Malta’s Prime Minister Joseph Muscat came under increasing pressure to resign on Friday as protesters cried foul over the latest twist in the case of slain investigative journalist Daphne Caruana Galizia.
The escalating murder investigation has rocked the tiny Mediterranean island and reached the highest rungs of the country’s politics, with two ministers and Muscat’s chief of staff Keith Schembri stepping down from their posts this week.
Thousands of demonstrators took to the streets of the capital Valletta after Muscat refused to give immunity to the main suspect in the 2017 murder, tycoon Yorgen Fenech, to disclose what he knows about the case.
Fenech has identified Schembri as the mastermind behind Caruana Galizia’s 2017 car bomb killing, according to sources.
Schembri was arrested on Tuesday, but his release on Thursday sparked accusations of a cover-up.
Caruana Galizia’s family accused the prime minister of protecting his long-time chief of staff, demanding he hand power over to a deputy who didn’t have a conflict of interest.
“We share Malta’s shock and anger at the release of Keith Schembri,” the family said in a statement.
“At least two witnesses and multiple pieces of physical evidence implicate Schembri in the assassination of our wife and mother.”
They accused Muscat of playing “judge, jury, and executioner in an assassination investigation that so far implicates three of his closest colleagues.”
The Times of Malta said Muscat told associates on Friday that he plans to resign imminently, though AFP was not able to immediately confirm the report.
Muscat, who has vowed to resign if links were found between himself and the murder, said Friday he would remain in power, telling reporters he wanted “this case to be closed under my watch”.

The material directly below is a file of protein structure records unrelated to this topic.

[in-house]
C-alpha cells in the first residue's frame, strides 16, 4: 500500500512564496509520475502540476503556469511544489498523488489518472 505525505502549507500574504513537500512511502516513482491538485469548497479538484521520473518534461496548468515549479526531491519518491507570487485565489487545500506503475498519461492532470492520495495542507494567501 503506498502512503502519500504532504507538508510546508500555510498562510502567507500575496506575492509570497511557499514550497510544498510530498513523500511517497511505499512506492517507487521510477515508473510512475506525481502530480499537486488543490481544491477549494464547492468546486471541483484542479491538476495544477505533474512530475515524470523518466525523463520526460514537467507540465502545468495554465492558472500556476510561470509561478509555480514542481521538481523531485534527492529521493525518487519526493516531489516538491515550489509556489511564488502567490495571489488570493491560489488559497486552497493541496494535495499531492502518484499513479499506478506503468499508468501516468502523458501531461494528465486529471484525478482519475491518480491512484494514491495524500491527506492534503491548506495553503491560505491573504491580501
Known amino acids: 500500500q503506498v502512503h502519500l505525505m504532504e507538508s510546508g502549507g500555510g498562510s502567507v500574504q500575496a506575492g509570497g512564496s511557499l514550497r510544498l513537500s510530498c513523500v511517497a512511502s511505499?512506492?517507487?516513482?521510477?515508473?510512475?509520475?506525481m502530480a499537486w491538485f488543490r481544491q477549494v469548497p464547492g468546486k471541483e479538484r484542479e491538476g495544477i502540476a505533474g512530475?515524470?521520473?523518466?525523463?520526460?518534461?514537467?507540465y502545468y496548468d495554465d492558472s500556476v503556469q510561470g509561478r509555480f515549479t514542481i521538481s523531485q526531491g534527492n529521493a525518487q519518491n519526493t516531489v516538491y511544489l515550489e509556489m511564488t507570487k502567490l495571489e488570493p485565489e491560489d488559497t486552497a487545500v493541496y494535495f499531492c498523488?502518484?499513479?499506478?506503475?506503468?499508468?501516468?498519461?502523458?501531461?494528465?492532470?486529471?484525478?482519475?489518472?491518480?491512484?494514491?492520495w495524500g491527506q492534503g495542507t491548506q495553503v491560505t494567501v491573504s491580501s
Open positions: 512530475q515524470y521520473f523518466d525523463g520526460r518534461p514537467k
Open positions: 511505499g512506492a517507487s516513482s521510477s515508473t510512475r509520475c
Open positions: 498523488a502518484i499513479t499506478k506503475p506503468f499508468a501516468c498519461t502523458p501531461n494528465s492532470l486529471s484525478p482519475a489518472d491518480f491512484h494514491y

– ‘Disgraceful’ –
Muscat said Friday he had recused himself from the decision on whether to grant immunity to Fenech.
The prime minister later said he had reported Fenech to the police for attempted blackmail, saying the mogul had threatened to implicate him in the affair if he was not given a pardon.
Protesters in Valletta on Friday night chanted “Mafia” and “murderers”.
“The killing of Daphne Caruana Galizia was a terrorist mafia act carried out by our state,” said activist Manuel Delia.
He added that Schembri could have been kept in custody over corruption, money laundering and obstruction of justice.
Protester Marylou Gafa called Muscat’s refusal to give Fenech immunity “disgraceful”.
“He could have never decided in favour of a pardon that would have sent his closest collaborator to jail,” she told AFP.
Fenech, a tycoon whose business interests span the energy and tourism sectors, was arrested on his yacht last week after an alleged middleman in the murder, taxi driver Melvin Theuma, was offered a pardon to identify those involved.
That arrest was followed swiftly by the resignation of Schembri and tourism minister Konrad Mizzi, while economy minister Chris Cardona said he was “suspending himself”.
Caruana Galizia, a popular journalist and blogger described as a “one-woman WikiLeaks”, exposed cronyism and sleaze within the country’s political and business elite.
Before she was killed, she had alleged that Schembri and Mizzi had been involved in corruption. She had named Cardona in a separate case.
Leaked emails revealed in court appeared to show both Schembri and Mizzi stood to receive payments from a Dubai company called 17 Black, owned by Fenech.
The Caruana Galizia family said Schembri and Fenech have the same doctor, who reportedly served as an intermediary, passing secret notes between them.
– ‘Fear for my life’ –
A Maltese court on Friday heard a request by Fenech for the chief investigator in the case, Keith Arnaud, to be removed, amid allegations he also had close ties to Schembri and the prime minister. A decision was expected Monday.
“I fear for my life. I’m ready to go all the way for justice to prevail and the truth to come out,” Fenech said to journalists after he was released on bail.
Fenech’s lawyer told the court there was proof of ties between Schembri and Theuma, including a photo of the pair “hugging” in the prime minister’s office. Schembri’s release was “scary” and suggested Arnaud was not impartial, the lawyer said.
“This is happening in the EU, right now. Where is the voice of the European Commission or other EU leaders?” Robert Barrington, former head of Transparency International in the UK, said on Twitter.
The European Parliament is planning to send a mission to Malta, a parliament source told AFP.
Protester James Vella, a medical student, said this was not what he voted for.
“We were promised a clean way of doing politics and one based on meritocracy but instead we got a government that, decision after another, killed our democracy,” he said.